Norka M. Diaz, president of the Realtor Association of Miami-Dade County and president and broker-owner of Norka Realty Inc. in Hialeah, says she sees a lot of first-time buyers entering their market. "Our inventory is up, but properties are really moving," she says. "People feel they are wasting their money by renting and are ready to buy, and mortgage rates remain favorable. Miami is a gateway for international travel and a great place to live — it’s fast-paced, with many business opportunities and things to do."
Jacksonville, another large Florida MSA, also reported a higher level of resales activity last month, with 1,701 homes changing hands for a 9 percent increase over the March 2005 figure. The market’s median sales price also rose 15 percent to $197,400.
Among the smaller markets in Florida, the Ocala MSA had higher sales in March, with 598 homes sold compared to 566 homes a year ago for a 6 percent gain. The median sales price rose 27 percent to $161,100; a year ago, it was $126,800.
Gregory Lord, president-elect of the Ocala-Marion County Association of Realtors and co-owner of Homes To Ranches Realty Inc. in Ocala, says the area’s laid-back lifestyle and friendly residents draw buyers. "People are still looking for the quality of life that Marion County has to offer," he says. "Our area remains a little more rural, with a relaxed atmosphere that appeals to many newcomers. And we’re well-known in the horse world — if people are looking for an equestrian community, this is the place to be."
Brett Ellis of The Ellis Team at RE/MAX Realty Group noted that Fort Myers – Cape Coral home sales declined 29% over March 2005, and prices climbed 12%. While sales declined from 2005 levels by 29%, they actually increased 40% over February 2006 levels. Prices remained steady near $280,000 which means the market may be stabilizing with increased sales and stable prices.
The Fort Myers – Cape Coral condo market reported a sales drop of 53% from 2005 levels, but also a sales increase of 38% over February 2006 levels. Condo prices gained 39% over year ago sales in March 2005, but dropped 10% in price from February 2006 levels, suggesting that buyers are now getting back in the market now that values are more in line.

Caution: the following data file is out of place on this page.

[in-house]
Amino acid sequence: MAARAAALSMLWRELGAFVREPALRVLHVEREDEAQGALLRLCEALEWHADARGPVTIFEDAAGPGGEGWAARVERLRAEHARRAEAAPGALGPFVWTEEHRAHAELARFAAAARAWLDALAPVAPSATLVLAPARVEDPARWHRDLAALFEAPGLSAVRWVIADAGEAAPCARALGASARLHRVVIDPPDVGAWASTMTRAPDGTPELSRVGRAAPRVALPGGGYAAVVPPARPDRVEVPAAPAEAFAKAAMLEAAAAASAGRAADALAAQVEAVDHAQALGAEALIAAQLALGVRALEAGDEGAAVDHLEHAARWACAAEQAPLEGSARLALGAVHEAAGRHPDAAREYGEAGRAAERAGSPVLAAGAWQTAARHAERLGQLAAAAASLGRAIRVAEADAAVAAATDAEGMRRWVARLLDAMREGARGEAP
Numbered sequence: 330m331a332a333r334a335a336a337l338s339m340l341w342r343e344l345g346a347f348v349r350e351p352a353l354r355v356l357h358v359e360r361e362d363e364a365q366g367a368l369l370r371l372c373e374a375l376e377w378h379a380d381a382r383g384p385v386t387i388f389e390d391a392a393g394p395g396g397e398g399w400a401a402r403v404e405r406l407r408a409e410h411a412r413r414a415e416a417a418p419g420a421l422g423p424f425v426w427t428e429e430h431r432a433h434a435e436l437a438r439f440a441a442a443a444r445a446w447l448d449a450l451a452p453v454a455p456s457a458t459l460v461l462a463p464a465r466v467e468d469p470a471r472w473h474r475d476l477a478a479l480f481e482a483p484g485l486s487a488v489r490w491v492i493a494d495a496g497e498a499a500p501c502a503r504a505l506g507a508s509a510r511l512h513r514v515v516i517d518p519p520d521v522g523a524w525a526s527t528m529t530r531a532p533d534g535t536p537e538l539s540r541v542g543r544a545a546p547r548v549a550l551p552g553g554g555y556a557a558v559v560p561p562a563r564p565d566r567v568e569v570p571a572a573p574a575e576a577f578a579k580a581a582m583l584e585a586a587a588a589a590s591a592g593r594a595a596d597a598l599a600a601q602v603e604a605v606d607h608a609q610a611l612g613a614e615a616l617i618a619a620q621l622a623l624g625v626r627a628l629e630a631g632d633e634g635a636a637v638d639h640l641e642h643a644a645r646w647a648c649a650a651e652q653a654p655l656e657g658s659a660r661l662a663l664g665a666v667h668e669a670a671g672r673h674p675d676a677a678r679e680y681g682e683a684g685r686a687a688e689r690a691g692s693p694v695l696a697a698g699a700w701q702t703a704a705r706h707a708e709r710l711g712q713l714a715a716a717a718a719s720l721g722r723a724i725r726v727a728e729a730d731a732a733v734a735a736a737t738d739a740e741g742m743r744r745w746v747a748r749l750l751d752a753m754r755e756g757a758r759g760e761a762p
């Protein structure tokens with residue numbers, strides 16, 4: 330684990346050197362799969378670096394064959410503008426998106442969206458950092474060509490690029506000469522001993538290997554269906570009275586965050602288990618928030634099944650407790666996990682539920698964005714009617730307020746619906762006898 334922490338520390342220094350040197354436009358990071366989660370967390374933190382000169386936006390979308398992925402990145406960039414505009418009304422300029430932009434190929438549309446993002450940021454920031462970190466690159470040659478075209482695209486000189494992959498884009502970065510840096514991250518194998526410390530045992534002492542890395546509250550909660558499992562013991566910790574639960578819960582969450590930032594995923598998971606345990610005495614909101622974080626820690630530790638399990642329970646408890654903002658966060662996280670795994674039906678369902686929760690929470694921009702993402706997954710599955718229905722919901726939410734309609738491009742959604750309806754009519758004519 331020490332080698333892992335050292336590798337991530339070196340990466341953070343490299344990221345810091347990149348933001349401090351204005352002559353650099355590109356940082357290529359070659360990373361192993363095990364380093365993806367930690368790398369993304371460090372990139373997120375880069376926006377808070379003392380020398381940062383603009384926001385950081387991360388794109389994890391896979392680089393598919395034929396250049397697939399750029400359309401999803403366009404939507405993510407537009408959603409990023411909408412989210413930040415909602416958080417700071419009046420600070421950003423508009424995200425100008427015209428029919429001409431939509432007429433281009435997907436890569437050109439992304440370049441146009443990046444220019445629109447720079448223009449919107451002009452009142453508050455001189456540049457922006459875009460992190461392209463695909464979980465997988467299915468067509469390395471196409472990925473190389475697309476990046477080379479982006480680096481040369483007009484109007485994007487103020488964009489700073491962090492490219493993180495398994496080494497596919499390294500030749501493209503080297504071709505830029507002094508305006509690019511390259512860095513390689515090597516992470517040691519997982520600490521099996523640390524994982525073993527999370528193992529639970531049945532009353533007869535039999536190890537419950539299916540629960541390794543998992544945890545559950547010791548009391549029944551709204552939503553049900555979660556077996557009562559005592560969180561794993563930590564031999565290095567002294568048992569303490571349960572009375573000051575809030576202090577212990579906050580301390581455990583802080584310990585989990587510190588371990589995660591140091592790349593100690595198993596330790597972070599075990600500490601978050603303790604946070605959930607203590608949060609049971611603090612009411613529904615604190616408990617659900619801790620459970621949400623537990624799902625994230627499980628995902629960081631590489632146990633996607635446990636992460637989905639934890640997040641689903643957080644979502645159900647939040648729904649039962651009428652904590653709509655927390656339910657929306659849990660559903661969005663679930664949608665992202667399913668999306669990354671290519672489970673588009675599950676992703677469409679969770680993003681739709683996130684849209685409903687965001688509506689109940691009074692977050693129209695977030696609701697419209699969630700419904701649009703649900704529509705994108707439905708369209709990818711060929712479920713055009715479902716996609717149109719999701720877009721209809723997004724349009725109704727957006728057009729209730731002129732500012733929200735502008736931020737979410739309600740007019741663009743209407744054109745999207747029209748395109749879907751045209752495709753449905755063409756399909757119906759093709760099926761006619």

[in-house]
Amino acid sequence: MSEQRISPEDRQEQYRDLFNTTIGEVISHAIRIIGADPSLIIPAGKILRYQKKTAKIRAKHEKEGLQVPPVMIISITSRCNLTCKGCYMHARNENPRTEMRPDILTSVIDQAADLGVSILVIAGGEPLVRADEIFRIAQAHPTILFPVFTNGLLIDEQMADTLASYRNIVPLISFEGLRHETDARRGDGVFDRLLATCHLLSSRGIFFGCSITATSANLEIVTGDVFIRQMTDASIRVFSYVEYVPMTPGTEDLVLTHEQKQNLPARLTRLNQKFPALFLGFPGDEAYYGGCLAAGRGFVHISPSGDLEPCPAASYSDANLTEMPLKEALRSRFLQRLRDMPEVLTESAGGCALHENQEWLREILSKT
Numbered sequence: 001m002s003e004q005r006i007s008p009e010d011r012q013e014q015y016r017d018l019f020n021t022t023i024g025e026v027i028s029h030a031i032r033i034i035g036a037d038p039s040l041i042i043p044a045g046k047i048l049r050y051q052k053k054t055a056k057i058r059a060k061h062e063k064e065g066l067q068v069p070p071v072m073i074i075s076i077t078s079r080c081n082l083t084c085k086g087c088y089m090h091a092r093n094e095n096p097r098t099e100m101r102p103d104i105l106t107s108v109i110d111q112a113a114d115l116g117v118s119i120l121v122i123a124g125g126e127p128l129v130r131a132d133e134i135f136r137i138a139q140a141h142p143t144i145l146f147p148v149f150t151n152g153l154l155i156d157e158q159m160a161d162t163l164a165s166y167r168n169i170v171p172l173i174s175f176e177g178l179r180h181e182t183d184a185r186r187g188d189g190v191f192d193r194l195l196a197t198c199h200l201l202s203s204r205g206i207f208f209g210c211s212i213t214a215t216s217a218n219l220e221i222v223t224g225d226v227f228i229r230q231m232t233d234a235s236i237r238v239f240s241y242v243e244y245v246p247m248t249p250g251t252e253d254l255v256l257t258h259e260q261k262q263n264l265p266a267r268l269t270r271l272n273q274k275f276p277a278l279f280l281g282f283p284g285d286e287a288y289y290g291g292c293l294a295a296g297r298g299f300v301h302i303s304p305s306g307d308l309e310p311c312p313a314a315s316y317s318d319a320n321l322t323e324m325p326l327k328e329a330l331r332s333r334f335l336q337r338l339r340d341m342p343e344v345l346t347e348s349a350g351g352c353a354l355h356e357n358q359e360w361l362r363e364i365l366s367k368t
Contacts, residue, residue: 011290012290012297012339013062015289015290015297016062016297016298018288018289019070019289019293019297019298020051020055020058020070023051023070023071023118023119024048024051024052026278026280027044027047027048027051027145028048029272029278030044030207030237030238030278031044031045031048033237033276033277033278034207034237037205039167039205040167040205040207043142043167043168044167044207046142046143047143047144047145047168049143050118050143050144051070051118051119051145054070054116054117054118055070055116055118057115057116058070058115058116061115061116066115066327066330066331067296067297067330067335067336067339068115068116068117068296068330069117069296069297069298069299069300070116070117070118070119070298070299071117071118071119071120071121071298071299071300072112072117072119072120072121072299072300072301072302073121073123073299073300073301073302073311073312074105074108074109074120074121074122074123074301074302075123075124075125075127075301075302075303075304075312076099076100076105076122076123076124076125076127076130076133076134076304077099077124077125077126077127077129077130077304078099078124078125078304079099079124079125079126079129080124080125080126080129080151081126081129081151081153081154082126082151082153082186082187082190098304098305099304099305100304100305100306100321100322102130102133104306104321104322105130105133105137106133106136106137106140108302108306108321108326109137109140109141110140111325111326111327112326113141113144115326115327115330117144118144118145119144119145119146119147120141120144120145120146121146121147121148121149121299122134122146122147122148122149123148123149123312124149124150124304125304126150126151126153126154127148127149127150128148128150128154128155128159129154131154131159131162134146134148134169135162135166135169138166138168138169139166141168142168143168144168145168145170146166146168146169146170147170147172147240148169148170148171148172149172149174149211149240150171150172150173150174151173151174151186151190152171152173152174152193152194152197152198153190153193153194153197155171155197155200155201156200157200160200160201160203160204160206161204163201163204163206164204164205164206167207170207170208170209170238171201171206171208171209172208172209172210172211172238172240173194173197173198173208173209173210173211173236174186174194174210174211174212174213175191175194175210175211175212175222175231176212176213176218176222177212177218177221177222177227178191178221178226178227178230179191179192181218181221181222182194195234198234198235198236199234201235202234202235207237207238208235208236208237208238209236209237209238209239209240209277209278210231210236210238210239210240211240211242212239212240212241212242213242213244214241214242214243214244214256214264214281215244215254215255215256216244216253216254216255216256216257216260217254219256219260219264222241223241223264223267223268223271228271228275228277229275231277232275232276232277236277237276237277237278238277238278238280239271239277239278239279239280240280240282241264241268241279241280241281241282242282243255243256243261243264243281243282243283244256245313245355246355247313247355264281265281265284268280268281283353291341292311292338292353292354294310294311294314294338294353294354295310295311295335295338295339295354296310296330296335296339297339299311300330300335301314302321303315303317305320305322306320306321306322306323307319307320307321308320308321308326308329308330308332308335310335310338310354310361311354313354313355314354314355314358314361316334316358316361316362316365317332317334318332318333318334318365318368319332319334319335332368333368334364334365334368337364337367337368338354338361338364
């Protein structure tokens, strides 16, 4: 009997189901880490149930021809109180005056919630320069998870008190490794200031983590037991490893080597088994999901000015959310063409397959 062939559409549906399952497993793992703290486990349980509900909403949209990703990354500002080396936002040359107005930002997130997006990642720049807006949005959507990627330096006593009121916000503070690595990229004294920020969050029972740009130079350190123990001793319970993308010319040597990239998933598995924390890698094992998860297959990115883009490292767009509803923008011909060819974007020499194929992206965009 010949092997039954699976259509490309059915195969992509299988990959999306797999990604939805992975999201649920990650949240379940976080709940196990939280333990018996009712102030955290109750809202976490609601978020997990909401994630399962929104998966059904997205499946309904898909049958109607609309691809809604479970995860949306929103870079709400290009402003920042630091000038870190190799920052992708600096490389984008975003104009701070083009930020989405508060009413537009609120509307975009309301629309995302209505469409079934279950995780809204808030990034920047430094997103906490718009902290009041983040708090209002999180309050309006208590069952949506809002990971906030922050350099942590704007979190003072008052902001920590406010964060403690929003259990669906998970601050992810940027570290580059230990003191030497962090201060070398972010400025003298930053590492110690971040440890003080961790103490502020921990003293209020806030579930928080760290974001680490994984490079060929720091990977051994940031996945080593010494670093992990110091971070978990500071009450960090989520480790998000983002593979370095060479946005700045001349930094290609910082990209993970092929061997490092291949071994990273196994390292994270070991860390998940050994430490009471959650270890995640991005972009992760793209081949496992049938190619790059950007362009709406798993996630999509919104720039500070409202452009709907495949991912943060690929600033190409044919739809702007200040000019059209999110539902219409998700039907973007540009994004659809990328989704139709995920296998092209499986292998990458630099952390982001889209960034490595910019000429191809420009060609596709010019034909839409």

Other smaller MSAs in the state reporting higher March sales compared to last year include: Tallahassee, where 499 homes changed hands for a 10 percent increase; and Gainesville, where 298 homes sold for a 4 percent gain. The median sales price also rose in those markets: in Gainesville, 28 percent to $218,600; and in Tallahassee, 12 percent to $173,500.
A chart showing statistics for Florida and its 20 MSAs is attached. The chart compares the volume of existing, single-family home sales and median sales prices in March 2006 to March 2005, based on Realtor transactions.
Lee County residents in SW Florida have long known what great beaches we have. From Naples Beach, Vanderbilt Beach, Lover’s Key, Fort Myers Beach, Sanibel, and Captiva Beach it’s no wonder people love to move to Southwest Florida.
The American Shore and Beach Preservation Association recently awarded Captiva Beach a Top 10 Beach. Chico’s FAS which is headquartered in Fort Myers Florida in Lee County features Captiva Beach on the cover of their May catalog. The catalog featuring the casual clothing that has made the Fort Myers-based retailer famous is being delivered to 6 million households around the United States.
Chico’s first store ever is still open, and is on nearby Sanibel Island.
SW Florida is very proud of its beaches, so indeed it is an honor that another organization has rated our beaches a Top 10 Beach in the US.
Snow birds flock to SW FLorida. The Toledo Blade Newspaper details many Ohio residents and where they enjoy vacationing. A hot spot is the Winter Wine Festival at the Ritz Carlton Golf Resort, or the Ritz Carlton on the Beach.
In naples, the Vanderbilt Inn on Vanderbilt Beach is another popular destination. in Lee County, Sanibel and Captive Islands are Hot in spite of the recent hurricanes. Fort Myers Beach is always prime real estate in SW Florida.
Check out the linked article for a host of residents and where they like to vacation in SW Florida.
Traditionally, past sold data has almost always been better than current and pending inventory. Many times today the past sold data is outdated, predicated on a market we had last year.
In some subdivisions, there may be 80 homes on the market and 0 or 1 pending sales. There may be 0 sales in the last 4 months, making it difficult to use past data. And the new inventory may be priced less than the past sales, guaranteeing future sales will be at a lower price point.
Experienced agents must account for all of this and make a recommendation. In the end, the free market will always determine the value. Which buyers and sellers get there is another story.
The seller sets the price, and the market determines the value. If the price is out of line with the value, nothing good can happen for the seller. If it’s too high, it just sits there, perhaps going down in value as the market falls. If it’s too low, the seller just gave all the equity away to the buyer.
Correctly setting the price takes skill. No computer model has been able to do it.
For a computerized Valuation of your home, check out The Ellis Team Home Value Model.